In this engineering exchange program, students enroll directly at Politecnico di Torino, one of Vanderbilt's partner institutions. This program is a good option for mechanical engineering majors who are independent, proactive, and self-motivated.
Torino is city in the Piedmont region of northern Italy, close to the Alps and Milan, as well as the famous wine region of the Langhe. The mix of Swiss and French influence distinguishes Torino from other cities in Italy, particularly in regards to its architecture and wide, Parisian-esque streets. Torino is also the birthplace of the aperitivo, the Italian custom of drinks and snacks before dinner, and is a regular part of the social fabric for locals. Generally, you’ll see fewer tourists in this city than in other popular study abroad locations in Italy.
Engineering departments are located on Politecnico di Torino’s main campus. The research center on this campus is shared with General Motors, which gives students unique research opportunities in the fields of mechanics, controls, and material sciences. Much of the Italian auto industry is based in Torino, including Fiat and Alfa Romeo. Fiat in particular has close relationship with Politecnico di Torino- one of the four Politecnico di Torino campuses is a redeveloped Fiat industrial site- which is reflected in coursework and excursions for mechanical engineers studying at the university.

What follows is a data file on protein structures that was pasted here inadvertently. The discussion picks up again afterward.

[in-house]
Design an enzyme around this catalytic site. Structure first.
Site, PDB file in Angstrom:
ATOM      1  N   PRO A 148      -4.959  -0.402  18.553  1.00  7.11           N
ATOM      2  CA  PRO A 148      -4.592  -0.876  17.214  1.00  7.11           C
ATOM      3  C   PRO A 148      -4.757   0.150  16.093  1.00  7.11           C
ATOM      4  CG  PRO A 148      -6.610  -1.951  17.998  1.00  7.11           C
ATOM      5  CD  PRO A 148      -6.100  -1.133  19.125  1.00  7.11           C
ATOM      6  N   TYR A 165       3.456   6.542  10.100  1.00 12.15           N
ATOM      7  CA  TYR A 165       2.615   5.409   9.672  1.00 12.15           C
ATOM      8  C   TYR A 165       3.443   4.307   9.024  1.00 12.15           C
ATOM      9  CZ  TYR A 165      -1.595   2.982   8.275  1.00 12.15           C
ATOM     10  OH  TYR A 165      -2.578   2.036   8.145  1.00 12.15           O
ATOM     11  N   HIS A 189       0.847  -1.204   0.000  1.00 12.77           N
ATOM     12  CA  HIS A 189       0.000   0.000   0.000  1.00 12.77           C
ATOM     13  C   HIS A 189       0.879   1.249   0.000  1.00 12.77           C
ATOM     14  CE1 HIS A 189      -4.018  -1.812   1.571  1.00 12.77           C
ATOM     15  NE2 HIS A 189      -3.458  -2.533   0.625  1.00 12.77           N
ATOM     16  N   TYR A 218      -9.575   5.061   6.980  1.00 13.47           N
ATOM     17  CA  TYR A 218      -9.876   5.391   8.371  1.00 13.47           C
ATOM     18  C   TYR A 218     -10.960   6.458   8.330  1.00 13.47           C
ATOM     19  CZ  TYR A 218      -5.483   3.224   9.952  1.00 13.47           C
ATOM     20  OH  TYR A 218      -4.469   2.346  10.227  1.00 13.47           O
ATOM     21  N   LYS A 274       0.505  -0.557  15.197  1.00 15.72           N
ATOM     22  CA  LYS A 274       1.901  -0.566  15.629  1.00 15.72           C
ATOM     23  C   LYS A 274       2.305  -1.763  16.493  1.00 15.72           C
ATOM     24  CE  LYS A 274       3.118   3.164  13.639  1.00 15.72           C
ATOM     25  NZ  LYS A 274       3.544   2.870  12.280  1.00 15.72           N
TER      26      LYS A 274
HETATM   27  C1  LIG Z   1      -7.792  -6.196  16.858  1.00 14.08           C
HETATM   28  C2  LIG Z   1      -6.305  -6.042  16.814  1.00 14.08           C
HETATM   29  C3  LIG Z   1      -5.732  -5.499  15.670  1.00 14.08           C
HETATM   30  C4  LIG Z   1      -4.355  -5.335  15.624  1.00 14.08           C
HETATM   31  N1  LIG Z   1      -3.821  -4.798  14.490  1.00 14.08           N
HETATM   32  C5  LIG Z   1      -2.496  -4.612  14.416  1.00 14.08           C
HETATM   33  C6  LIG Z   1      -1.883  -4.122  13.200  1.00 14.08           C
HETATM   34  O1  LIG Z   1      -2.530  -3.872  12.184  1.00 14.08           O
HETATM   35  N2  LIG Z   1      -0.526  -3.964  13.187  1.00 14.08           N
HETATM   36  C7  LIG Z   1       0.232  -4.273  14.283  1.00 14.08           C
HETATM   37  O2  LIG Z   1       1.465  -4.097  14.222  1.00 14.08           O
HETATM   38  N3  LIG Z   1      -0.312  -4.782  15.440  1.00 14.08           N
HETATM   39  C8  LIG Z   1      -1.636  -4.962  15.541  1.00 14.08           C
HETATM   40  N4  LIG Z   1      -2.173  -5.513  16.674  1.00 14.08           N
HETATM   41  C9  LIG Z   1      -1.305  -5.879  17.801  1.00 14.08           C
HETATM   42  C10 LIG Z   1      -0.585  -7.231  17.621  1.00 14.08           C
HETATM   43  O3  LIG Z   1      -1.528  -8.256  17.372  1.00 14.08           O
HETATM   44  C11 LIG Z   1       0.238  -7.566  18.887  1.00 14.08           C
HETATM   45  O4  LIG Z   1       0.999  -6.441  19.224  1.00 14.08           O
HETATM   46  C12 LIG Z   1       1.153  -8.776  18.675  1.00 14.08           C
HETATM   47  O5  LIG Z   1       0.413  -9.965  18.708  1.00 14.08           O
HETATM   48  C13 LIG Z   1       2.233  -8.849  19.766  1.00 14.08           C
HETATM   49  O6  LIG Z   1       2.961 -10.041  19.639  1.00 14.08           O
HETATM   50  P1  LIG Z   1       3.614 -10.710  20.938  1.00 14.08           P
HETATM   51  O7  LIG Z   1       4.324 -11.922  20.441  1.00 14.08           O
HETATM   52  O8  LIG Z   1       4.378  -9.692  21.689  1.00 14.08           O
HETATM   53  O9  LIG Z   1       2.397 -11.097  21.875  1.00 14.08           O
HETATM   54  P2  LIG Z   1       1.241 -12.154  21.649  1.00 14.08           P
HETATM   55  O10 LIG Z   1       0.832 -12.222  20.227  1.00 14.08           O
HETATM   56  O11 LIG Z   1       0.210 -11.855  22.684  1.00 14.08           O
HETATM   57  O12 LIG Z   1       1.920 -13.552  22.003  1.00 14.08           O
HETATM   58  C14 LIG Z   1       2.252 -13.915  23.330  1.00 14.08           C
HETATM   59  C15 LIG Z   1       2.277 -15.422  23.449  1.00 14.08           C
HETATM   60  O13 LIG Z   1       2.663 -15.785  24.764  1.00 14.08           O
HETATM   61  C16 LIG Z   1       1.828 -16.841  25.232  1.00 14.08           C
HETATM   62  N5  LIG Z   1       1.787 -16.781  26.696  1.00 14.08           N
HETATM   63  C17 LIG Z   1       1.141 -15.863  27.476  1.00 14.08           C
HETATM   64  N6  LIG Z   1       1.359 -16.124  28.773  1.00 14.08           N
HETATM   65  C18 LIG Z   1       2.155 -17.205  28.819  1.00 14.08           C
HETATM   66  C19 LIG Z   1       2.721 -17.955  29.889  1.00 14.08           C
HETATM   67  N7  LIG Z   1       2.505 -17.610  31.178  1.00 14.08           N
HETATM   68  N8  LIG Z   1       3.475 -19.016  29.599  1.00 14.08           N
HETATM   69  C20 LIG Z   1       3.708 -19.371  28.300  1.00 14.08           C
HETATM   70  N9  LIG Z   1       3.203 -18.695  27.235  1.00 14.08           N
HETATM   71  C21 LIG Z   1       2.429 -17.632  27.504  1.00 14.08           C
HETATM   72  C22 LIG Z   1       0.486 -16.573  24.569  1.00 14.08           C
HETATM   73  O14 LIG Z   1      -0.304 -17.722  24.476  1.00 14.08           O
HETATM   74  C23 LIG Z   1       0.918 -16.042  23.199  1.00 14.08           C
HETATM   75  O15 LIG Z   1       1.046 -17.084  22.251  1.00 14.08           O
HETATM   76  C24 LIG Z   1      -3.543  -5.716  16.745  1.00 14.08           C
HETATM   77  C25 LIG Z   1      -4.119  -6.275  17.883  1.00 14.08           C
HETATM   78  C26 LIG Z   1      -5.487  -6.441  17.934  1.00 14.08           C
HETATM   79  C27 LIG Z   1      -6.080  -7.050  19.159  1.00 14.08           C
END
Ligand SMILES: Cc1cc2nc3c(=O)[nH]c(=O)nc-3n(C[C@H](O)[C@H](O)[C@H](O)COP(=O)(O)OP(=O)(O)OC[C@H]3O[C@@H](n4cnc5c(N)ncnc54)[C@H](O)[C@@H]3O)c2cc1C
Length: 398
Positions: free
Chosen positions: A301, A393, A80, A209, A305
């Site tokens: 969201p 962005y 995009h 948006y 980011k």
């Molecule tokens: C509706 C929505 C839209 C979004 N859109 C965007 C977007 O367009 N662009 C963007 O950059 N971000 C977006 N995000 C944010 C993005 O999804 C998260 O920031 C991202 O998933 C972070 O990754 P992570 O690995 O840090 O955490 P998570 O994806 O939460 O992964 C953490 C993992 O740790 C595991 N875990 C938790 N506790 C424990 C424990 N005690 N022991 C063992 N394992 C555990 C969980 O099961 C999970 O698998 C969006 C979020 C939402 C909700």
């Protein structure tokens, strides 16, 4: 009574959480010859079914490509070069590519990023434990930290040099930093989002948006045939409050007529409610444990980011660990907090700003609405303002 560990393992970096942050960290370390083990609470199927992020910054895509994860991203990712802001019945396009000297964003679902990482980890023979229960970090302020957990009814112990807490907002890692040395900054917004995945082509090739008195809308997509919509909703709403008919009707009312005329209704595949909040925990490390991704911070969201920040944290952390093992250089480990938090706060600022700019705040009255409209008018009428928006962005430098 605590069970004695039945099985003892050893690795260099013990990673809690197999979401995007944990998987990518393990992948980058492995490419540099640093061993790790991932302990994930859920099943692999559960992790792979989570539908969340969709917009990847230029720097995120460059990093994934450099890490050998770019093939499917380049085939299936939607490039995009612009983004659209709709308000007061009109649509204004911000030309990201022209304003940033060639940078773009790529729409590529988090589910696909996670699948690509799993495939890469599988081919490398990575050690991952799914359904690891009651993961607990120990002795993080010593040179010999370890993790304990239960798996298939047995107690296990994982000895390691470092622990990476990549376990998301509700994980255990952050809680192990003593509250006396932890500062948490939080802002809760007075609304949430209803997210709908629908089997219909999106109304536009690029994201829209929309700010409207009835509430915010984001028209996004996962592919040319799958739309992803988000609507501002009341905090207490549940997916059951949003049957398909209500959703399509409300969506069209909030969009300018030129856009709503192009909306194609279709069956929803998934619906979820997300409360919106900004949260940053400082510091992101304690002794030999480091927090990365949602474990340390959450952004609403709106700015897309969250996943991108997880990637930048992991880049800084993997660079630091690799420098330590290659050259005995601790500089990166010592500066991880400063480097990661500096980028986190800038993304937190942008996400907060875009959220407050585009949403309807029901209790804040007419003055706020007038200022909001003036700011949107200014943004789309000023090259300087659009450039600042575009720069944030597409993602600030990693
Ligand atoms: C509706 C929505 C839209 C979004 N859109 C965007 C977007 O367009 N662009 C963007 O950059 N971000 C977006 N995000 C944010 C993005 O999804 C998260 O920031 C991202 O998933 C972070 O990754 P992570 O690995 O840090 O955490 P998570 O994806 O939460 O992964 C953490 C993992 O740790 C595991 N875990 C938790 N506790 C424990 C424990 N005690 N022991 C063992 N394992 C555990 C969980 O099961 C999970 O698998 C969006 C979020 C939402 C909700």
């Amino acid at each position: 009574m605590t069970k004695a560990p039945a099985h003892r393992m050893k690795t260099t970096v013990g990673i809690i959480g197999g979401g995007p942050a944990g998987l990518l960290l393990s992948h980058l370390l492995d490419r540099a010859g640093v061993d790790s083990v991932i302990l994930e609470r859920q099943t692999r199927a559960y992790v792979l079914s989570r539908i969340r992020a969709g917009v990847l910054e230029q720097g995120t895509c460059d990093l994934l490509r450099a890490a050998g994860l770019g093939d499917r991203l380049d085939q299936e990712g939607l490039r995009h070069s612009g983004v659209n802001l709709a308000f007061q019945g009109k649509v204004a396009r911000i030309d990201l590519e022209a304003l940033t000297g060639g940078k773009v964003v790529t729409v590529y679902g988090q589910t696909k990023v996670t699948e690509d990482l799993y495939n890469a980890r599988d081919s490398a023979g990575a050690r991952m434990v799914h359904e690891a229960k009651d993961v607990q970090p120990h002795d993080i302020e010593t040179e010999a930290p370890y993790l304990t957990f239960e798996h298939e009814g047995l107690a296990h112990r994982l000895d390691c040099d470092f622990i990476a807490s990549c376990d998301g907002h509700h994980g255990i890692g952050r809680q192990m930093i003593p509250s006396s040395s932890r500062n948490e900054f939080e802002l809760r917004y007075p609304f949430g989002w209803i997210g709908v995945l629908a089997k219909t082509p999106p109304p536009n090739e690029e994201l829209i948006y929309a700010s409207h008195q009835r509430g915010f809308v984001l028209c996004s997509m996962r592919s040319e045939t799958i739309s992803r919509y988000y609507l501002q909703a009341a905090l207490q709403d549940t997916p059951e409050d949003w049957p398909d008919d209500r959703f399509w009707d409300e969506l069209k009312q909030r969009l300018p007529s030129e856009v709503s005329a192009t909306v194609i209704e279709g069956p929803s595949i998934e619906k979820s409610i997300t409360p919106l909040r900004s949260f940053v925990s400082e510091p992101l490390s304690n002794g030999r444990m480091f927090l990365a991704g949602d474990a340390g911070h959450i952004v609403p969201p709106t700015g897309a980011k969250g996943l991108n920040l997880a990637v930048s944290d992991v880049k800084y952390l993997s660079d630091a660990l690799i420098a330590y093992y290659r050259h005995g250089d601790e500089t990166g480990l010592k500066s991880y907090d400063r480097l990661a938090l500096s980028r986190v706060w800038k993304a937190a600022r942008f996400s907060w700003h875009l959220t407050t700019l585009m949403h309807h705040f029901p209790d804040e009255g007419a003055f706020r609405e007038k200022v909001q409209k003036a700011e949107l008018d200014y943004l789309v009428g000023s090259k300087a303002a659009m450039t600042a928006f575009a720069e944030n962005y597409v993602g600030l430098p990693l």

All VU students must take between 12-18 VU credit hours while abroad. A full course load at Politecnico di Torino is 30 ECTS per semester. Students are advised to have back-up courses in case their top choice subjects are full or overlap with other desired courses. First year courses are not open to exchange students.
Exchange students are required to take an introductory Italian course for certification during the period between arrival and start of classes. Academic credit is not received for this course.
Academic environment, teaching style, course structure, and grading scale at Politecnico di Torino will differ from Vanderbilt. Class sessions may be longer and more lecture-based, and grades will often be weighted exclusively on final exams. Most final exams include both written sections and oral sections. Students should be prepared to make learning-style adjustments accordingly. Much of the learning in study abroad takes place outside of the classroom. Students should balance academics with community engagement, social/cultural activities, travel, and fully take advantage of what a semester in Torino has to offer.
Students will live in Collegio Einaudi student apartments about 10 minutes walking from the university.
Exchange students will need to procure an Italian visa. This can occasionally require travel to an Italian consulate as well as a visa application fee. Students should research the visa process after completing the application, but keep in mind that you will need official documentation from Politecnico di Torino before submitting your visa application.
Students must complete an application with GEO by the GEO application deadline. After nomination by GEO, students will fill out a Politecnico di Torino application directly with the university. Final admissions decisions will come from Politecnico di Torino.